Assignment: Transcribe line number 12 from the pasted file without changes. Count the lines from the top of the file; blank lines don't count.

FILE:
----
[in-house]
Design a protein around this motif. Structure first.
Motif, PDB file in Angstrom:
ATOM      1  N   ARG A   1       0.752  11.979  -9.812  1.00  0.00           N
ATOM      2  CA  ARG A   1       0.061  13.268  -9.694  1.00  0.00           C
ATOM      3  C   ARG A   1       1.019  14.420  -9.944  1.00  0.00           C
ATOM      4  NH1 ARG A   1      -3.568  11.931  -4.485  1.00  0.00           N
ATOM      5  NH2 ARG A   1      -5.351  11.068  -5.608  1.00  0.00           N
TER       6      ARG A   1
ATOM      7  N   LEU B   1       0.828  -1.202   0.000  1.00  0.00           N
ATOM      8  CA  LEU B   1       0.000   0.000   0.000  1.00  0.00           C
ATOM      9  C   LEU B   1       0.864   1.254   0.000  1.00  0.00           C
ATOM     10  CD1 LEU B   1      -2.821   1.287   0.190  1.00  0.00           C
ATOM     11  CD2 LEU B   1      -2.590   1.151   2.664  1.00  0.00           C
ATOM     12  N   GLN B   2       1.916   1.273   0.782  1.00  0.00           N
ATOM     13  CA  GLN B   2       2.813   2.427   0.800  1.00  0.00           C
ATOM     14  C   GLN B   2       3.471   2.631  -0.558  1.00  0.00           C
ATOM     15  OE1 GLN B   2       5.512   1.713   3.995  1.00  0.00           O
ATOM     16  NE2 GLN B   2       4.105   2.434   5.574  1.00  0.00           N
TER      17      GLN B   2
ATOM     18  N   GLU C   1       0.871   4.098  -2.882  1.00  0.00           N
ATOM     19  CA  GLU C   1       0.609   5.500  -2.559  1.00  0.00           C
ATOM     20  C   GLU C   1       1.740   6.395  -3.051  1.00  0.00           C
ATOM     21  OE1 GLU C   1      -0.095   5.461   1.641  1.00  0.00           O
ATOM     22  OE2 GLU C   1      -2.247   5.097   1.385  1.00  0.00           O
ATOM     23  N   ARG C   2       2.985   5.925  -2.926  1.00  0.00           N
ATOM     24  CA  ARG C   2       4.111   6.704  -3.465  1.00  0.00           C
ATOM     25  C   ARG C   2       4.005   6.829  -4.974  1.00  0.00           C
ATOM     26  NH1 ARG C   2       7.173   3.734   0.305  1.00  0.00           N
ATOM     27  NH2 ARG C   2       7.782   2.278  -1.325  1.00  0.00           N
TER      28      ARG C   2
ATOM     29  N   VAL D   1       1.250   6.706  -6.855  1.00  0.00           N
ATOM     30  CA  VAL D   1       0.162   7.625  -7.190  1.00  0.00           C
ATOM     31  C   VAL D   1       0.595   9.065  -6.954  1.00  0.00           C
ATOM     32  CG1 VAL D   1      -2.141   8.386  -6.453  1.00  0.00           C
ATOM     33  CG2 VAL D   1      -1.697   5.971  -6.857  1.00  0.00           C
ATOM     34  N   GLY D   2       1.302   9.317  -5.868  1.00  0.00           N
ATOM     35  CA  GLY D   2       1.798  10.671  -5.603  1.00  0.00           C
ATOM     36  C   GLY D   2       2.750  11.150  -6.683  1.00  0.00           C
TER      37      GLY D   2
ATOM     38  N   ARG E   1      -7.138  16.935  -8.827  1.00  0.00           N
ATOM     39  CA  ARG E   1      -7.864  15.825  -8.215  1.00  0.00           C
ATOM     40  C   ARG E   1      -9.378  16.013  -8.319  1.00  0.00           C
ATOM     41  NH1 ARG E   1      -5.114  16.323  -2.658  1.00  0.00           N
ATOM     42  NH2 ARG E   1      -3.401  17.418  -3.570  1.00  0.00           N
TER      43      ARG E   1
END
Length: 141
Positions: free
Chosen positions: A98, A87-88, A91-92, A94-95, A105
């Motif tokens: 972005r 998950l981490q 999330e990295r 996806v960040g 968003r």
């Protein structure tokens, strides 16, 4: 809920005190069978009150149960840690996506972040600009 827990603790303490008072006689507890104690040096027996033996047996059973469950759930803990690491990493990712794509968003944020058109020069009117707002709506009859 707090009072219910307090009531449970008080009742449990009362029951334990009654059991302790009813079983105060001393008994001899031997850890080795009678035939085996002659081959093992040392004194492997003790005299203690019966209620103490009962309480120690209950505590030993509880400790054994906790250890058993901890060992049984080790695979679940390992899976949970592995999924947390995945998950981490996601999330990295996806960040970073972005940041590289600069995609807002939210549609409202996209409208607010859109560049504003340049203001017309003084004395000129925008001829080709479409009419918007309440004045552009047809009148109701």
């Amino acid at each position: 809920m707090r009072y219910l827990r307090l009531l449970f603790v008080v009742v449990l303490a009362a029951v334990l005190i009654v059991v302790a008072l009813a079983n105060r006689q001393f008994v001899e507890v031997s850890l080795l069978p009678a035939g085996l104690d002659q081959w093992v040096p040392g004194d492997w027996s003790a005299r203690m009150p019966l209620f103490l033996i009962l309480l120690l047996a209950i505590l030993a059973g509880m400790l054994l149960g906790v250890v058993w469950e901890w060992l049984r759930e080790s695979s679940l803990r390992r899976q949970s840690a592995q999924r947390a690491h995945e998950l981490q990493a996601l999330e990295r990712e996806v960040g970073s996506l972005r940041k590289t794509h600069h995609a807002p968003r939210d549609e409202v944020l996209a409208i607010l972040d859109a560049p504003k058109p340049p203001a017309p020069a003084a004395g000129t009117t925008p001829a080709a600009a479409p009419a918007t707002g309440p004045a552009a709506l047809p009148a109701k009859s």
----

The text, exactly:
ATOM      9  C   LEU B   1       0.864   1.254   0.000  1.00  0.00           C